Last updated 24 August 2021
The best day trips from Cairns
for when we can play again
When a popular play has only a few nights left before the end of the season, there is typically a last-minute rush for tickets for final performances. When COVID-19 restrictions are lifted there will be a rush for tickets to Cairns.
Because not only is Cairns a tropical paradise, it is the launching pad to many of North Queensland’s best features.
Balmy weather, empty beaches, palm trees, ancient rainforests with waterfalls and home to one of the seven natural wonders of the world – the Great Barrier Reef – it’s not hard to figure out why Cairns is Australia’s fourth most popular destination for International Tourists (that’s pre-Covid-19.)
While its unlikely Cairns will ever be ‘sold-out’, you do not want to miss out on any of Cairns popular day trips including:
- A snorkel or dive trip to the Great Barrier Reef
- Port Douglas
- Daintree Rainforest
As Director of this story, I’m giving you my ‘theatrical’ spin on the top things to see and do near Cairns.
- Luxury Hotels
- Cane fields
- Tropical Islands
Casual attire, beach gear, sunglasses, hat, footwear: thongs or sandals. (Don’t forget the sunscreen!)
Minimal stage lighting is required thanks to the high volume of sunshine. The average monthly hours of sunshine in Cairns = 200! October is the ‘sunniest’ month and February has the least amount of sunshine (above 150 hours is still a high number, especially if you’re from one of the sun-deprived southern states of Australia 🙂 )
- Tour operators
Cairns International Airport the gateway to a tropical paradise
Act One Scene One:
Stepping beyond the sliding door of Cairns Airport and straight into the warm embrace of the tropics, sunglasses in position, I instantly slip into holiday mode. The relaxed vibe is buoyed by my fellow tourists’ chosen mode of dress: casual. I note that thongs (the footwear kind) are standard with more than half of the arriving visitors. I’m in that category too wearing my comfy Birkenstocks
Cairns is close to everything
Act One Scene Two
Besides the agreeable temperature and friendly locals, another feature about Cairns I love is that nothing is too far away. It’s only 4.8 kilometres to the Cairns esplanade from the airport to my home for the next few nights, the Riley, a Crystalbrook Collection Resort.
Riley’s reception has plenty of natural light streaming in from the glass walls into the open plan area. My eyes are drawn to their statement pool just beyond the lobby lounge chairs. I’m enviously eyeing off the guests in the water. I hope to be there soon.
Check-in is effortless. I’m handed my room key, made from recycled timber, one of the many eco-friendly initiatives of the boutique hotel. Here’s my full review of the Riley.
Be mindful and safe at Crystalbrook
The Crystalbrook Collection has become Australia’s first cashless hospitality company in response to COVID-19. Riley has a mindfully safe program donating $5 from every direct booking to Beyond Blue.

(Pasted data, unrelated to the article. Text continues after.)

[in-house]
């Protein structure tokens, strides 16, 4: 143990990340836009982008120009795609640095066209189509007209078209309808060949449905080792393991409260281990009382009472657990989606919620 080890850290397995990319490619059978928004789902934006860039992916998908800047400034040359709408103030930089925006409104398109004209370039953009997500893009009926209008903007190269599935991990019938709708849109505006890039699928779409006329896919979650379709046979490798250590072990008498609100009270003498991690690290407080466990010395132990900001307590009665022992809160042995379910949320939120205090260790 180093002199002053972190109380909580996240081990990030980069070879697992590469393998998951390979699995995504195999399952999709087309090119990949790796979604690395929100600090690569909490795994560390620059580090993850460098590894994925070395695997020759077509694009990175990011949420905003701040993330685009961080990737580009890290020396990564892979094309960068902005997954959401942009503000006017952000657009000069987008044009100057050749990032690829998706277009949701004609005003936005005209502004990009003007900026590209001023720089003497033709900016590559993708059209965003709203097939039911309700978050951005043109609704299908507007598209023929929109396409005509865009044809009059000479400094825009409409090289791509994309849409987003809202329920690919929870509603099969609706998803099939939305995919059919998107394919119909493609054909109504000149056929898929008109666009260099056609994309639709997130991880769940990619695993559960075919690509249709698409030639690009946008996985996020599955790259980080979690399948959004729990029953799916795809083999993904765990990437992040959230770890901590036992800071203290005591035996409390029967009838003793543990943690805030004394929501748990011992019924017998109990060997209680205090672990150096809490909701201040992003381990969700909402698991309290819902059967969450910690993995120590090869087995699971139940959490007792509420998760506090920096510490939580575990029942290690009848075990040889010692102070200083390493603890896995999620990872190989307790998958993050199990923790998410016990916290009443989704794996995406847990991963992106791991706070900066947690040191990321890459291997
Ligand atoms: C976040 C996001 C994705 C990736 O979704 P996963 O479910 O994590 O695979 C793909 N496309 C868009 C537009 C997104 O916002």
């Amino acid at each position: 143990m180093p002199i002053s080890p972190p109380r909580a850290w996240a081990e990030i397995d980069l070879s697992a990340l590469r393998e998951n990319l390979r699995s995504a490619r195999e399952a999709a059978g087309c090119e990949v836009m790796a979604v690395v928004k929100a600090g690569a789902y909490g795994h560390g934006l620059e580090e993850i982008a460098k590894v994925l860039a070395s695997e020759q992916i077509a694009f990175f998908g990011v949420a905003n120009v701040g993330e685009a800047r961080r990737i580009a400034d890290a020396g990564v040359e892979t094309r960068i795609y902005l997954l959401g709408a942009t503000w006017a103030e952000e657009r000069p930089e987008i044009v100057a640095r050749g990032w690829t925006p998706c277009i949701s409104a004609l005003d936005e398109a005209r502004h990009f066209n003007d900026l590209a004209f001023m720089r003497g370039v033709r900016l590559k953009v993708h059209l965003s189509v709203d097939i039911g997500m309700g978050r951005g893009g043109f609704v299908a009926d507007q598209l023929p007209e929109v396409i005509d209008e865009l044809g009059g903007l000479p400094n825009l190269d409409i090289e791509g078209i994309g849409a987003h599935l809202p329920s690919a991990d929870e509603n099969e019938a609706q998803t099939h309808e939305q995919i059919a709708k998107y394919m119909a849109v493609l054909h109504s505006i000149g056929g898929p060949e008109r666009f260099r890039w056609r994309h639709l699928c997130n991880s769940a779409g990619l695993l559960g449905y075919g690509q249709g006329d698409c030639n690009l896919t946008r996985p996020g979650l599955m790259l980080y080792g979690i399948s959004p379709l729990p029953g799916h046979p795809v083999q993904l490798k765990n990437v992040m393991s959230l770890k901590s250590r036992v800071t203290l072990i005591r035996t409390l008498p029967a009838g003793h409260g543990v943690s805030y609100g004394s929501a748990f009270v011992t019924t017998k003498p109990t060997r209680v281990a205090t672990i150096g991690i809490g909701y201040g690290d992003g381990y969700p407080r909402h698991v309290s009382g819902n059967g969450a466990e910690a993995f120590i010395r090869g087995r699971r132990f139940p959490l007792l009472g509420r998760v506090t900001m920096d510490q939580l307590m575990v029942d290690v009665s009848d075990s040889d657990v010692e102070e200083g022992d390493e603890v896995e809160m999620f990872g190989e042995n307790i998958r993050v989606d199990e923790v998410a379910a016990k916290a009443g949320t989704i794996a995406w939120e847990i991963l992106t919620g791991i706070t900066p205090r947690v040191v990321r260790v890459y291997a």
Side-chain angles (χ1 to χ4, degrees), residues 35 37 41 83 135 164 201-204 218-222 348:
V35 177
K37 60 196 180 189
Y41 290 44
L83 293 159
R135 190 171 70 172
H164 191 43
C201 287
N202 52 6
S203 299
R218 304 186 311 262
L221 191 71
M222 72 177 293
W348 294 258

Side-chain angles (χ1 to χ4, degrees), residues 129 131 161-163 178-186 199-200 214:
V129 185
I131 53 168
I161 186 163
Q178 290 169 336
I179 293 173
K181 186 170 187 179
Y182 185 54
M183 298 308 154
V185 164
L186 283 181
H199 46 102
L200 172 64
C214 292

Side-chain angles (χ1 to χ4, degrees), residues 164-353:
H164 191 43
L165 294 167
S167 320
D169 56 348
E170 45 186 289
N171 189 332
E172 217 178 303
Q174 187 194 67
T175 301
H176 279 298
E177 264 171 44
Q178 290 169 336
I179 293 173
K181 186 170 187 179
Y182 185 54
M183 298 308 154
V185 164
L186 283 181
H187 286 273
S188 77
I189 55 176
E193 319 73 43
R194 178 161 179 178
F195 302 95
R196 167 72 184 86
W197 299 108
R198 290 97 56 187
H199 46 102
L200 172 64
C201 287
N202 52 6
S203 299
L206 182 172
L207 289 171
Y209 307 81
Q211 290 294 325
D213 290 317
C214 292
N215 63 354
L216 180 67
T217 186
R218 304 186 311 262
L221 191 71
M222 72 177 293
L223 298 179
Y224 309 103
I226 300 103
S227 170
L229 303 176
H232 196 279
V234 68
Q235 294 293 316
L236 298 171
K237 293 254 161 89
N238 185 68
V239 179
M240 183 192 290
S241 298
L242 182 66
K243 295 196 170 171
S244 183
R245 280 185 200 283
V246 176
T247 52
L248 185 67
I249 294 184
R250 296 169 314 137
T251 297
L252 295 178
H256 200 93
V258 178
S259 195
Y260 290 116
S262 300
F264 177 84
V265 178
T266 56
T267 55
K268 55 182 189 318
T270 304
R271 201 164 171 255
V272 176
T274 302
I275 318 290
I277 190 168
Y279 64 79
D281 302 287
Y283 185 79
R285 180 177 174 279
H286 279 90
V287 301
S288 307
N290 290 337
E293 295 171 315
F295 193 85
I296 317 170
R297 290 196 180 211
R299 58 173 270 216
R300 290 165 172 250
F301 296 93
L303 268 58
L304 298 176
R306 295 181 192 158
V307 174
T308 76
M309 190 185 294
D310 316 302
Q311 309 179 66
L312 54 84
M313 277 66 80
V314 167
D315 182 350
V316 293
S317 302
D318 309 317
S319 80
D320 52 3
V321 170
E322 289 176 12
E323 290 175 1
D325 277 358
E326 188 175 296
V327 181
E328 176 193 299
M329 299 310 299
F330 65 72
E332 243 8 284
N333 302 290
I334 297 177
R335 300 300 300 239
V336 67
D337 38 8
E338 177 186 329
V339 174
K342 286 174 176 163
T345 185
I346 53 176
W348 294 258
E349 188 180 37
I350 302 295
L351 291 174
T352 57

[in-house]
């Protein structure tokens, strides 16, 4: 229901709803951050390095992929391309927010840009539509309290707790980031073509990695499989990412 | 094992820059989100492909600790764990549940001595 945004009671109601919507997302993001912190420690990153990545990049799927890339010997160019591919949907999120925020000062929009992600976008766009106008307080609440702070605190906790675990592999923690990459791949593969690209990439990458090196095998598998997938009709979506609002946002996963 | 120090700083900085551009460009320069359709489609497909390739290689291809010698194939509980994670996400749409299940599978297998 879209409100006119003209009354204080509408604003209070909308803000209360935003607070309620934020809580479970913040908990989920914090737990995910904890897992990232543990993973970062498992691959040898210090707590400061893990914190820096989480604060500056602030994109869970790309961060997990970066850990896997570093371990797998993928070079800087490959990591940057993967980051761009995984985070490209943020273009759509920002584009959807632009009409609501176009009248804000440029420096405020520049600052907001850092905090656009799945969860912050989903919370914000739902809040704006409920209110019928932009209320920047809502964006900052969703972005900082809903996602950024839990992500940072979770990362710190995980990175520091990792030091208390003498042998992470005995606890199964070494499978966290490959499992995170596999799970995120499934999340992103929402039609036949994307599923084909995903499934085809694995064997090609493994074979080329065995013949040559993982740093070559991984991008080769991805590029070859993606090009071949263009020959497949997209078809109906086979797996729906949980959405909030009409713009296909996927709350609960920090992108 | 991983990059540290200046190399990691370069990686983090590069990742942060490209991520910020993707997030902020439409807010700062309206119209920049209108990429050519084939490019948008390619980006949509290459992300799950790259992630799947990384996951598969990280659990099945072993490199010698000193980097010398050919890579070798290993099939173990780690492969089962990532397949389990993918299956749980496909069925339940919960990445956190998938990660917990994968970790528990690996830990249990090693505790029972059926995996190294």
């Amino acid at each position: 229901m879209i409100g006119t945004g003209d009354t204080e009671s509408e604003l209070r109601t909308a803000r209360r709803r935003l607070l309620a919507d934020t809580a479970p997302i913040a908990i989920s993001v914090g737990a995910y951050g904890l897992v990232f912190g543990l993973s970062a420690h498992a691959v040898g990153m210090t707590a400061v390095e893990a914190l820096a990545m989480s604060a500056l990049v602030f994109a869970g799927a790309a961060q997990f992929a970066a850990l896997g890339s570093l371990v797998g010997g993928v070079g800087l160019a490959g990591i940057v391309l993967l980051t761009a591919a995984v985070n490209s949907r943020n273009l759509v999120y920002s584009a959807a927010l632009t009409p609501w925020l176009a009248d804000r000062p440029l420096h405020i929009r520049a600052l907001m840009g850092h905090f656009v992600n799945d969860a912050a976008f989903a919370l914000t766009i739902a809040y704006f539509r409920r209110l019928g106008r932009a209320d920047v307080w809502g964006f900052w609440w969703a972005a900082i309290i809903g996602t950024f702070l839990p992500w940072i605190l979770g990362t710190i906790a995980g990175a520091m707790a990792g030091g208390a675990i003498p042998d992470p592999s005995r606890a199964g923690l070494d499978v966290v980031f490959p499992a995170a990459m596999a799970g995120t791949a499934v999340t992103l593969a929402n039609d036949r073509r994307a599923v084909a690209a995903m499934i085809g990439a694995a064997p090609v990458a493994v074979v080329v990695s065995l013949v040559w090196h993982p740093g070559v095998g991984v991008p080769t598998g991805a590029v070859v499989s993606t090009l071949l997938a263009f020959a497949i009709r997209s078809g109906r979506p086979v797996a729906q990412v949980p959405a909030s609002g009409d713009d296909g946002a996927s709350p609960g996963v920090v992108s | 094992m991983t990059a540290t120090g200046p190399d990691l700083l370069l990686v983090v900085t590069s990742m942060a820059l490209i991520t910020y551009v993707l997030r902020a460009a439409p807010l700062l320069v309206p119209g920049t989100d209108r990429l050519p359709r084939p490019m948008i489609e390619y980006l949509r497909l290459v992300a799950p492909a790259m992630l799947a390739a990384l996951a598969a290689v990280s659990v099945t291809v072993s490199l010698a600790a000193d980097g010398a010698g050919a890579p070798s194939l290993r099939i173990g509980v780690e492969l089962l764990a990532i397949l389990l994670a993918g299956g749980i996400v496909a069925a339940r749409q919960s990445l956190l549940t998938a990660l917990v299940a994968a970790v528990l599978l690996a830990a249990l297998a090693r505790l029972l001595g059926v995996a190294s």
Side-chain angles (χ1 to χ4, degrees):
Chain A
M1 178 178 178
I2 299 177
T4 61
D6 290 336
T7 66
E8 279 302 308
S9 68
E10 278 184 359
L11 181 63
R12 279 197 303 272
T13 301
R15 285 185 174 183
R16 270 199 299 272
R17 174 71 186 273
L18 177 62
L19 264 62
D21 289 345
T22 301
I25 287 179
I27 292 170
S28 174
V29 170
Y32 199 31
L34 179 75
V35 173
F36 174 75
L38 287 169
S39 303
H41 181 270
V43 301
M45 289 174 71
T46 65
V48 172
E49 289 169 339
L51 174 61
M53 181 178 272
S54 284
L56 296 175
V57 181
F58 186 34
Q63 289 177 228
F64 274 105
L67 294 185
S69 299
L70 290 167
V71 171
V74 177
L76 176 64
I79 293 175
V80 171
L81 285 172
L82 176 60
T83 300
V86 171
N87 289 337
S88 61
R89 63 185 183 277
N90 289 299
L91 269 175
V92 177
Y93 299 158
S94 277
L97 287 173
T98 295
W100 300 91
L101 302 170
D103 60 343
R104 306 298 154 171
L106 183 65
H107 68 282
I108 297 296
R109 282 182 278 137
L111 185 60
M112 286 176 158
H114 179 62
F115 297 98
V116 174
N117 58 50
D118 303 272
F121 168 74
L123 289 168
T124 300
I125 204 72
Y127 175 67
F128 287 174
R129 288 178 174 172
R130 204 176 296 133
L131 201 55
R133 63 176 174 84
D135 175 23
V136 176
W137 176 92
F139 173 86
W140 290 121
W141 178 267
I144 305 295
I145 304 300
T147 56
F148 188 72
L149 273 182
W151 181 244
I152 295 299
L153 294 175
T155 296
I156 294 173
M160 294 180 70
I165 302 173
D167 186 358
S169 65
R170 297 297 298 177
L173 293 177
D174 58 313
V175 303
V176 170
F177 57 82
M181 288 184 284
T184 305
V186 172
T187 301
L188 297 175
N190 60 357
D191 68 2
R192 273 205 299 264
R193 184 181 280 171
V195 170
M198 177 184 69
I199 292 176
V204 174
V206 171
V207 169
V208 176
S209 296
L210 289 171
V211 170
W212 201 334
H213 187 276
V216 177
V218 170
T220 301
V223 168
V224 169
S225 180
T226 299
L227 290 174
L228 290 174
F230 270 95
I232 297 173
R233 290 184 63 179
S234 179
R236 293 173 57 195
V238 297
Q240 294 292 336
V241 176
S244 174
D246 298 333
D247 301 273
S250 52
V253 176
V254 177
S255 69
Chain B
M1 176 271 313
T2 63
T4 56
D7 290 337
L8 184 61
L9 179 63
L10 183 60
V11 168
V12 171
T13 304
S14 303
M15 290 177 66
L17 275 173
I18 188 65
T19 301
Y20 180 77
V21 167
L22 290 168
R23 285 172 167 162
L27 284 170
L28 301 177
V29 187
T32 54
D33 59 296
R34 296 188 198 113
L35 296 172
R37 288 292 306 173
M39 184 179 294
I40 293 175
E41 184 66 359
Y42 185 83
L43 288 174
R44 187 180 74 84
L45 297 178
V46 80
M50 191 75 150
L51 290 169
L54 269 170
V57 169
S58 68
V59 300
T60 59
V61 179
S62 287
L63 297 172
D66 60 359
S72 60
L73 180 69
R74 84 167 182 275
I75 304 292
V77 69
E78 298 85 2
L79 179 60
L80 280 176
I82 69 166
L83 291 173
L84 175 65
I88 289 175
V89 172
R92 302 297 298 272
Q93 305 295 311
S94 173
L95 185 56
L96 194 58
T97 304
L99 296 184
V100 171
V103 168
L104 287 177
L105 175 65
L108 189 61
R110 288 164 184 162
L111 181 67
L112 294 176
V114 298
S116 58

Guests can destress with relaxing Spotify playlists and meditations, as well as yoga, barre, Pilates and art classes on the in-room iPads.
Things to do in Cairns with kids or big kids (adults)
Before I write about day trips from Cairns, I want to mention the experiences you can do in Cairns without having to leave the city.
For those not quite old enough or anyone unable to snorkel or dive on the reef, the Cairns Aquarium provides an underwater experience without the need to get yourself wet. And it’s a fabulous place to escape the humidity for a few hours. From the Riley, the Aquarium is an easy two-minute walk.
Over three levels, the Aquarium has recreated various habitats from rainforests, mangrove flats and coral reef systems to give an intimate view of the creatures that inhabit these areas. Their focus is on education, with two-hour tours taking visitors on a journey exploring the creatures of this unique region. Inside the tanks and enclosures are marine and rainforest wildlife you may never see, even if you do venture into the water or the rainforest.
One of the Aquarium’s founders, Daniel Leipnik was on hand to guide our group around the aquarium. As we wander into a darkened room with a floor to ceiling tank, I’m mesmerised by a sawtooth shark serenely gliding past.
“This is the tallest marine tank in Australia,” explains Daniel. “At almost ten meters tall with 300,000 litres it has 1000 different specimens and 78 different species. These are the fish that love those deep areas and it’s a place where the divers don’t often get to see because the waters can be quite treacherous.”
I wonder if fish can see their gawking audience and ask Daniel if they take any notice.
“The Humphead Maori Wrasse interacts with people,” Daniel says. “This fish will probably follow us as we make our way down to the next level.”
He’s referring to the bluefish with the oversized lips and humpy forehead. And it does follow us down to the next level, proving some fish are curious creatures.
In another room known as the Touch Tank, we meet Oscar Croshaw, one of the ‘Aquanuts’ the name given to the marine biologists and scientists who work at the Aquarium. In this room we can touch a starfish or a sea urchin on display and ask Oscar random questions about the reef. Oscar is from Sydney but came to Cairns to study his master’s degree in Science at James Cook University and his passion for these marine creatures comes across as he enthusiastically answers our questions.
A handful of professional artists live in the Cairns Region. As you wander around Cairns, keep an eye out for street performers, buskers and Indigenous dance troupes that make up Cairns’ dynamic arts community.
Bulmba-ja building is a theatre, gallery and creative development space for indigenous arts. The Tjapukai Aboriginal Cultural Park celebrates the world’s oldest living culture with tours providing traditional Aboriginal cultural experiences.
The mountain village of Kuranda (25 kilometres northwest of Cairns) has arts, craft, rainforest walks, and the Skyrail Rainforest Cableway to easily occupy a half-day or day.
Open Friday to Sunday, Rusty’s Markets has around 180 stalls selling tropical fruit, vegetables, flowers, fresh bread, pastries and bric a brac like clothing and jewelry. This tourist icon is vibrant, busy and fun and the perfect place to grab a snack (I recommend an ice-cold tropical smoothie) and a colourful Cairns t-shirt souvenir.
Walking along the Esplanade, look out for the large fish sculptures atop poles on the foreshore of Trinity Harbour. These silver creatures are part of the 4,800 square metre saltwater lagoon where young and old can swim all year round. And the best part – there is no need to worry about crocs or stingers. The lagoon is patrolled by Lifeguards during opening hours. If you or your kids don’t want to leave the lagoon area for lunch, opt for a picnic in the nearby park grounds. You could throw a towel down in a shady spot under a Banyan tree and make use of the barbecue facilities and tables.